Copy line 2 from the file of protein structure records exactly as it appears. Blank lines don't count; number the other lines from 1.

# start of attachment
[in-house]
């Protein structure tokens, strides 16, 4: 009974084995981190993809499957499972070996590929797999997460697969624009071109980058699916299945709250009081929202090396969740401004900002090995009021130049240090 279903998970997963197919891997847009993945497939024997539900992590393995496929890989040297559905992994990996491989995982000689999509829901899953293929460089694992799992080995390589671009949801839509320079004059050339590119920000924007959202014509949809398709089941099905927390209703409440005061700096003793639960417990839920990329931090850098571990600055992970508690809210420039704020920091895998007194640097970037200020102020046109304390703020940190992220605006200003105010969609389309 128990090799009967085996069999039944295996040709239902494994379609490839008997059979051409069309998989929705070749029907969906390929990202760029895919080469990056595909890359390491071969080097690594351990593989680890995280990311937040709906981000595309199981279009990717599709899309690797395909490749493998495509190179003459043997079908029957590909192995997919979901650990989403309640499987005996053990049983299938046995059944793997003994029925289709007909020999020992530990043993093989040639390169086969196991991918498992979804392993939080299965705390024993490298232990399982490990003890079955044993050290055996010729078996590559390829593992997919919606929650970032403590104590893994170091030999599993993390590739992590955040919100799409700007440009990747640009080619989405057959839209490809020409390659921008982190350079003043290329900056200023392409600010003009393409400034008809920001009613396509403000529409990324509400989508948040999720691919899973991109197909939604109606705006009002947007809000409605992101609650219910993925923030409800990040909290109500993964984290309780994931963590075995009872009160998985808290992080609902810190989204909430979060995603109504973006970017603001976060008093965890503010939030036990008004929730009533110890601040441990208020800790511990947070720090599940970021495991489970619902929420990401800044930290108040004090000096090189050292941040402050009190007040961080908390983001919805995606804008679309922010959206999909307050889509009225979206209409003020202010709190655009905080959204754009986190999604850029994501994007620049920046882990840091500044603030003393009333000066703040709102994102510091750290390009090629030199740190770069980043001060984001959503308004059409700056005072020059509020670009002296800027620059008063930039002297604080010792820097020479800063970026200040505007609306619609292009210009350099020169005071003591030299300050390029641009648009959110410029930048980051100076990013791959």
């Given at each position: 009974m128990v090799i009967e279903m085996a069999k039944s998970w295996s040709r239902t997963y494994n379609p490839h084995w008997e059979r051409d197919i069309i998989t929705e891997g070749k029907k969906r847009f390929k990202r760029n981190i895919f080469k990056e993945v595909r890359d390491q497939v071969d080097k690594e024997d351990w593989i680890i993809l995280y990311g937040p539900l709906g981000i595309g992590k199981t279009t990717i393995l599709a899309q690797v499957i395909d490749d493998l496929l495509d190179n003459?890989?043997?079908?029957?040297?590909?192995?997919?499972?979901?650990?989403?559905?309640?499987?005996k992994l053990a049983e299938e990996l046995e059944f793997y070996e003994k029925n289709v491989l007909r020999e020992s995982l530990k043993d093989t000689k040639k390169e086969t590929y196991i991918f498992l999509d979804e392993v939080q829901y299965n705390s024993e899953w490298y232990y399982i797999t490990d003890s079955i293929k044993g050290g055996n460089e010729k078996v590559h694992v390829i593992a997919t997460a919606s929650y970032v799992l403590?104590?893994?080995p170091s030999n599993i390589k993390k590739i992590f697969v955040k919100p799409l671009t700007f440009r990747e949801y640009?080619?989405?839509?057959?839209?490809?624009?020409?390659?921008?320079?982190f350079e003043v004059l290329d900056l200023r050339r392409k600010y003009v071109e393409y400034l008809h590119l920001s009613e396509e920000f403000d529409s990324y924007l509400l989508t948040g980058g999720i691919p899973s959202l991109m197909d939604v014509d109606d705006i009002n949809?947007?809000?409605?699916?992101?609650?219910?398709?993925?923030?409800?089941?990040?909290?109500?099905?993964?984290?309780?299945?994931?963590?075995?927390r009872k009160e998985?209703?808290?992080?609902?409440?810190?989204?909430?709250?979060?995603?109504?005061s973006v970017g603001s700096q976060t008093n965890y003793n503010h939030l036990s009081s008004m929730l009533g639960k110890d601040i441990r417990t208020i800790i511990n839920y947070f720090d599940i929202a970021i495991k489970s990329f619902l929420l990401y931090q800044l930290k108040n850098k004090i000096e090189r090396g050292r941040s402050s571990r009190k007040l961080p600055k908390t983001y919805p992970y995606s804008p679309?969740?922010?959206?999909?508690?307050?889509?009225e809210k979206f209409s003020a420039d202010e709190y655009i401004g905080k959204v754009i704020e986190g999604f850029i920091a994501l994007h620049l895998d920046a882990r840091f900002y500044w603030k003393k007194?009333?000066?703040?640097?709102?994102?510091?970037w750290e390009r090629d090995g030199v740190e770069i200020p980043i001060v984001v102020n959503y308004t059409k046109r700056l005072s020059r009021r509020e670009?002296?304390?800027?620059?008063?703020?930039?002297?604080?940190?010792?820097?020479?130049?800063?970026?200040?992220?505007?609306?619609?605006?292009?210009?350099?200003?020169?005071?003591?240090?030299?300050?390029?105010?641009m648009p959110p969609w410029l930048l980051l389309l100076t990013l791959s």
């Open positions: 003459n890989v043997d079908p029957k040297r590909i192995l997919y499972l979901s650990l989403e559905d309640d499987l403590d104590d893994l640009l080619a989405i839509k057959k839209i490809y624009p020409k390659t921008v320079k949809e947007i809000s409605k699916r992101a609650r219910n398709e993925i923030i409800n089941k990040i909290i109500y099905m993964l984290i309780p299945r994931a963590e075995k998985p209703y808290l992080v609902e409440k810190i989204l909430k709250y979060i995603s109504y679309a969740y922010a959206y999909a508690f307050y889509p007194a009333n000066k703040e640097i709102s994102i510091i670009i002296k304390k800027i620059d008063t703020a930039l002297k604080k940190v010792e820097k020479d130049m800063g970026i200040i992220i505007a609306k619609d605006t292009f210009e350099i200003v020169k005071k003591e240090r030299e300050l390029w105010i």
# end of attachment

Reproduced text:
């Protein structure tokens, strides 16, 4: 009974084995981190993809499957499972070996590929797999997460697969624009071109980058699916299945709250009081929202090396969740401004900002090995009021130049240090 279903998970997963197919891997847009993945497939024997539900992590393995496929890989040297559905992994990996491989995982000689999509829901899953293929460089694992799992080995390589671009949801839509320079004059050339590119920000924007959202014509949809398709089941099905927390209703409440005061700096003793639960417990839920990329931090850098571990600055992970508690809210420039704020920091895998007194640097970037200020102020046109304390703020940190992220605006200003105010969609389309 128990090799009967085996069999039944295996040709239902494994379609490839008997059979051409069309998989929705070749029907969906390929990202760029895919080469990056595909890359390491071969080097690594351990593989680890995280990311937040709906981000595309199981279009990717599709899309690797395909490749493998495509190179003459043997079908029957590909192995997919979901650990989403309640499987005996053990049983299938046995059944793997003994029925289709007909020999020992530990043993093989040639390169086969196991991918498992979804392993939080299965705390024993490298232990399982490990003890079955044993050290055996010729078996590559390829593992997919919606929650970032403590104590893994170091030999599993993390590739992590955040919100799409700007440009990747640009080619989405057959839209490809020409390659921008982190350079003043290329900056200023392409600010003009393409400034008809920001009613396509403000529409990324509400989508948040999720691919899973991109197909939604109606705006009002947007809000409605992101609650219910993925923030409800990040909290109500993964984290309780994931963590075995009872009160998985808290992080609902810190989204909430979060995603109504973006970017603001976060008093965890503010939030036990008004929730009533110890601040441990208020800790511990947070720090599940970021495991489970619902929420990401800044930290108040004090000096090189050292941040402050009190007040961080908390983001919805995606804008679309922010959206999909307050889509009225979206209409003020202010709190655009905080959204754009986190999604850029994501994007620049920046882990840091500044603030003393009333000066703040709102994102510091750290390009090629030199740190770069980043001060984001959503308004059409700056005072020059509020670009002296800027620059008063930039002297604080010792820097020479800063970026200040505007609306619609292009210009350099020169005071003591030299300050390029641009648009959110410029930048980051100076990013791959």